I have been riding bikes all my life from a very early age and so far me best bike has been the Kawasaki Z-1 that was bullet proof. But now that I have a few years on my body I am looking at BMW for the total package but even they are lacking. My best combo would be a modified Honda STS to get the weight down.

    I’m still looking for that ultimate ride…!

  35. Mike G says:

    A great, big-balls effort from these guys – especially during the destruction of the US economy. They might get one year’s sales before the US $ goes up in smoke due to the FED.
    In the meantime, this is a great bike! 160 hp, 120 ft. lbs, 550lbs ready to ride – what’s not to like? The seat, pegs and bars will determine the rest. I’d love to ride this thing at the Tail o’ Dragon with it’s excellent small block Chevy-derived design. Yeah! Pushrod design keeps the center of gravity lower without the top-heavy OHC layout and on a bike like this, performance is fine and maintenance will be easier also. I’m guessing cost will be ~18G’s.
    Now, the only thing that remains is crucial: reliability. This thing MUST be rock-solid reliable out of the box, solid build, durable, mile after mile, year after year first year out. If they nail that, I hope they take over the segment! Has anyone seen how fkkn ugly BMW’s are these days?

    GO MOTUS!!!! Ride it to the next Vette victory!!!!

  36. bah says:

    Wow. What a bunch of armchair quarterbacks we have commenting on here. And no doubt, you’re all succesful billionaires with many succesful startup companies under your belts. *roll eyes*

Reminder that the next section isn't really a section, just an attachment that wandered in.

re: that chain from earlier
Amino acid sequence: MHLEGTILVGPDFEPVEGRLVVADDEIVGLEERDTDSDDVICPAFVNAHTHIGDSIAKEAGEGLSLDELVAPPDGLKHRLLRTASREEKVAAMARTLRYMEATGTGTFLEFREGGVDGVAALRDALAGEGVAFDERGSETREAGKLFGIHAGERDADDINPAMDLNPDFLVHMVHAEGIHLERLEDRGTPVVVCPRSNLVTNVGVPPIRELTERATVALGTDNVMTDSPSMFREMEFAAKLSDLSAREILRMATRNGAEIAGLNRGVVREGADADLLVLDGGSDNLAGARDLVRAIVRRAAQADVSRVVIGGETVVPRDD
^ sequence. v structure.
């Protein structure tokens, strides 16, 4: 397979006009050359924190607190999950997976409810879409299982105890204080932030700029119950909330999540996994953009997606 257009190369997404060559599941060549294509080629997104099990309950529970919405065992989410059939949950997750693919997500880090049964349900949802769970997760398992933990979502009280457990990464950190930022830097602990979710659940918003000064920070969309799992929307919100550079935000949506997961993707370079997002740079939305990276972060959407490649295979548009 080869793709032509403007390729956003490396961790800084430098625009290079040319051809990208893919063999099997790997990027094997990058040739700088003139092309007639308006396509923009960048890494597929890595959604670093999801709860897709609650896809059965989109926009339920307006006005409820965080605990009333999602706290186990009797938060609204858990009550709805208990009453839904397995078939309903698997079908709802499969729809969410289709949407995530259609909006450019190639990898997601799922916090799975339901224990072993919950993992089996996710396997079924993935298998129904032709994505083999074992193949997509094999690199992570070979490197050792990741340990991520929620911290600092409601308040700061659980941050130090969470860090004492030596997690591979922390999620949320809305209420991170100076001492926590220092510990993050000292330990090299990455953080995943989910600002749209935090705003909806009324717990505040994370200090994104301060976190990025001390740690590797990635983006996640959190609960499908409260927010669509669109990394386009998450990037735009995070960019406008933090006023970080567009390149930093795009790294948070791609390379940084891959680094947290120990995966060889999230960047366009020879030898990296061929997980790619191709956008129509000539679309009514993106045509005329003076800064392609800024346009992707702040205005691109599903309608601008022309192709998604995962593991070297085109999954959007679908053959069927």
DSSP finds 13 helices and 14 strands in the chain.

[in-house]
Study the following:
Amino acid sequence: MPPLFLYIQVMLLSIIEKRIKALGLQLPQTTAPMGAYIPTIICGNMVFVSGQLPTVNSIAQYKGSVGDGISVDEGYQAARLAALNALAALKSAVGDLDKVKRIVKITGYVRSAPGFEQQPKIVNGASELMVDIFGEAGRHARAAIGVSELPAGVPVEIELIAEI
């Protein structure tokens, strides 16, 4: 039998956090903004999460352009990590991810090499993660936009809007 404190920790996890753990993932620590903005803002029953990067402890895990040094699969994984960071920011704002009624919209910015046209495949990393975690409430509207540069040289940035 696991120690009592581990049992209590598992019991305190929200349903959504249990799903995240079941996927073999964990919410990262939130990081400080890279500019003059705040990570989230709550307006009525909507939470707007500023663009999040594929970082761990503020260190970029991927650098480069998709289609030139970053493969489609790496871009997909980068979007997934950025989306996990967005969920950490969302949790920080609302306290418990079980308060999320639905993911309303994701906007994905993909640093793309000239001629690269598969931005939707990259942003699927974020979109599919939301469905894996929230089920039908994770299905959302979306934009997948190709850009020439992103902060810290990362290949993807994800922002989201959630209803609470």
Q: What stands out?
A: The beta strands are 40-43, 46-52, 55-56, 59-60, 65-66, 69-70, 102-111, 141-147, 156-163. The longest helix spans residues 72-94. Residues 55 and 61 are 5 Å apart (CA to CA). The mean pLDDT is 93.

Motus, I LOVE this bike! I will absolutely be buying one as soon as you’re able to roll them out. You know the old saying “advice is usually worth what you pay for it”? Well, there’s a lot of free negative “advice” on here.
    “Build it, and they will come.”

  37. piper72046 says:

    I just can’t understand why motor cycle manufacturers insist on producing a bike with a seat height for giants. 31′ seat height for a person of 5′ 7″ and a 28″ inseam will not be able flat foot at a stop. come on people get with program if you want to sell bikes to masses.

  38. Ron says:

    Everyone is nitpicking this bike to death. It has plenty of power, light weight, superior handling and very good range. All other things being more or less equal, I will buy American. Wheather or not I buy this bike will depend on things like the dealer network, reliability, warranty, fuel milage and price. If I’m going touring on it, I want to know I can get it serviced wherever I go. Volume sales for the first couple of years will depend on reviews and marketing.